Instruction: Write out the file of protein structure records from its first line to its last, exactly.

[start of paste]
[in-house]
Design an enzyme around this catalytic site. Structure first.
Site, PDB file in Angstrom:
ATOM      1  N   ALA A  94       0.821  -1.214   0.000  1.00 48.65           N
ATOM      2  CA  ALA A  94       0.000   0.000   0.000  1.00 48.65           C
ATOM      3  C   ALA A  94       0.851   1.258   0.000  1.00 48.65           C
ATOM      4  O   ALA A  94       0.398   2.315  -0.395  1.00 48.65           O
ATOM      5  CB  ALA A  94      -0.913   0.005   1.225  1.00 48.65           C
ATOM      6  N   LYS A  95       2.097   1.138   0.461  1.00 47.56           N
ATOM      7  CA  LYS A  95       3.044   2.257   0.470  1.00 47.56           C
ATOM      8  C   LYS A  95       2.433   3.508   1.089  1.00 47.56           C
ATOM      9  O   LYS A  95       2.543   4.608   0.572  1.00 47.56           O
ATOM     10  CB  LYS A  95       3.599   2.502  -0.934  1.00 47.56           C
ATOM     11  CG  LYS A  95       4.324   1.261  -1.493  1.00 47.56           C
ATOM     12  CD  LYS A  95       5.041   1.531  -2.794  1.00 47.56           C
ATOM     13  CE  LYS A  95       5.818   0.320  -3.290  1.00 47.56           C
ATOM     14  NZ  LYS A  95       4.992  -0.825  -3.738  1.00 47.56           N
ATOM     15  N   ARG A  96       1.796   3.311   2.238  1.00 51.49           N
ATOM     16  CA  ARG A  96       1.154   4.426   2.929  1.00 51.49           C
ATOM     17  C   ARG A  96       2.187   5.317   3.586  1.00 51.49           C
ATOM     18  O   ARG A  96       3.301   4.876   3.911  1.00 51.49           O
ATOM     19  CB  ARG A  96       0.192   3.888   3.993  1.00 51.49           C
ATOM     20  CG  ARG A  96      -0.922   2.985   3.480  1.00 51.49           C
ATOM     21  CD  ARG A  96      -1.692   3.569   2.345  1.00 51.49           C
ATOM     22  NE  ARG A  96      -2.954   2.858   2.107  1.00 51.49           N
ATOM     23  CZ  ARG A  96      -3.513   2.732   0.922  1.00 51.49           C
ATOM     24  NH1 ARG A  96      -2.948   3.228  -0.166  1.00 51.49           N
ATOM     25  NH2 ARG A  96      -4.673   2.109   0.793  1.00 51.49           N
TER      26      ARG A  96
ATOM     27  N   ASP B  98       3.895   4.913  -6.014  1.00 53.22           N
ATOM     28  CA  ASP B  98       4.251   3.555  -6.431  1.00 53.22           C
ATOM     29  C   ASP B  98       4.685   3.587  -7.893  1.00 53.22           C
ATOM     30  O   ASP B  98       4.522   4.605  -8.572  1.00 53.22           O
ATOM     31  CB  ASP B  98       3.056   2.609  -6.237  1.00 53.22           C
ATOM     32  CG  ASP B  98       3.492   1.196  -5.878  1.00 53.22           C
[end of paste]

[in-house]
Design an enzyme around this catalytic site. Structure first.
Site, PDB file in Angstrom:
ATOM      1  N   ALA A  94       0.821  -1.214   0.000  1.00 48.65           N
ATOM      2  CA  ALA A  94       0.000   0.000   0.000  1.00 48.65           C
ATOM      3  C   ALA A  94       0.851   1.258   0.000  1.00 48.65           C
ATOM      4  O   ALA A  94       0.398   2.315  -0.395  1.00 48.65           O
ATOM      5  CB  ALA A  94      -0.913   0.005   1.225  1.00 48.65           C
ATOM      6  N   LYS A  95       2.097   1.138   0.461  1.00 47.56           N
ATOM      7  CA  LYS A  95       3.044   2.257   0.470  1.00 47.56           C
ATOM      8  C   LYS A  95       2.433   3.508   1.089  1.00 47.56           C
ATOM      9  O   LYS A  95       2.543   4.608   0.572  1.00 47.56           O
ATOM     10  CB  LYS A  95       3.599   2.502  -0.934  1.00 47.56           C
ATOM     11  CG  LYS A  95       4.324   1.261  -1.493  1.00 47.56           C
ATOM     12  CD  LYS A  95       5.041   1.531  -2.794  1.00 47.56           C
ATOM     13  CE  LYS A  95       5.818   0.320  -3.290  1.00 47.56           C
ATOM     14  NZ  LYS A  95       4.992  -0.825  -3.738  1.00 47.56           N
ATOM     15  N   ARG A  96       1.796   3.311   2.238  1.00 51.49           N
ATOM     16  CA  ARG A  96       1.154   4.426   2.929  1.00 51.49           C
ATOM     17  C   ARG A  96       2.187   5.317   3.586  1.00 51.49           C
ATOM     18  O   ARG A  96       3.301   4.876   3.911  1.00 51.49           O
ATOM     19  CB  ARG A  96       0.192   3.888   3.993  1.00 51.49           C
ATOM     20  CG  ARG A  96      -0.922   2.985   3.480  1.00 51.49           C
ATOM     21  CD  ARG A  96      -1.692   3.569   2.345  1.00 51.49           C
ATOM     22  NE  ARG A  96      -2.954   2.858   2.107  1.00 51.49           N
ATOM     23  CZ  ARG A  96      -3.513   2.732   0.922  1.00 51.49           C
ATOM     24  NH1 ARG A  96      -2.948   3.228  -0.166  1.00 51.49           N
ATOM     25  NH2 ARG A  96      -4.673   2.109   0.793  1.00 51.49           N
TER      26      ARG A  96
ATOM     27  N   ASP B  98       3.895   4.913  -6.014  1.00 53.22           N
ATOM     28  CA  ASP B  98       4.251   3.555  -6.431  1.00 53.22           C
ATOM     29  C   ASP B  98       4.685   3.587  -7.893  1.00 53.22           C
ATOM     30  O   ASP B  98       4.522   4.605  -8.572  1.00 53.22           O
ATOM     31  CB  ASP B  98       3.056   2.609  -6.237  1.00 53.22           C
ATOM     32  CG  ASP B  98       3.492   1.196  -5.878  1.00 53.22           C